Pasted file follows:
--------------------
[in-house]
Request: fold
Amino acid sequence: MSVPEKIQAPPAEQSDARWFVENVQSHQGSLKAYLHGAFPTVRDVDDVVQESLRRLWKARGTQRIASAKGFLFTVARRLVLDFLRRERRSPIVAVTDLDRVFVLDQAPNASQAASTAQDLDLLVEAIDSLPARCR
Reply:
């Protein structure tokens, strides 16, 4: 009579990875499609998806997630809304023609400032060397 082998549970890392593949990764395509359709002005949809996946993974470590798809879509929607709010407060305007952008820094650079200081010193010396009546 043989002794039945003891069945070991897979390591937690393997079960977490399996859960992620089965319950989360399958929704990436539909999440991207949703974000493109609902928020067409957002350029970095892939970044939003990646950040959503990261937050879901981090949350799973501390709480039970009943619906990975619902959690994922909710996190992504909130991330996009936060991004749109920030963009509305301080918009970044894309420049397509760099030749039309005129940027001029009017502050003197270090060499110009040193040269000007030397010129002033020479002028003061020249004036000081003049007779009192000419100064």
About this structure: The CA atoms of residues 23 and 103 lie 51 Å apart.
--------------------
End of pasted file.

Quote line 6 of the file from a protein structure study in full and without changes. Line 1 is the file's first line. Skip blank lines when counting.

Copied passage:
About this structure: The CA atoms of residues 23 and 103 lie 51 Å apart.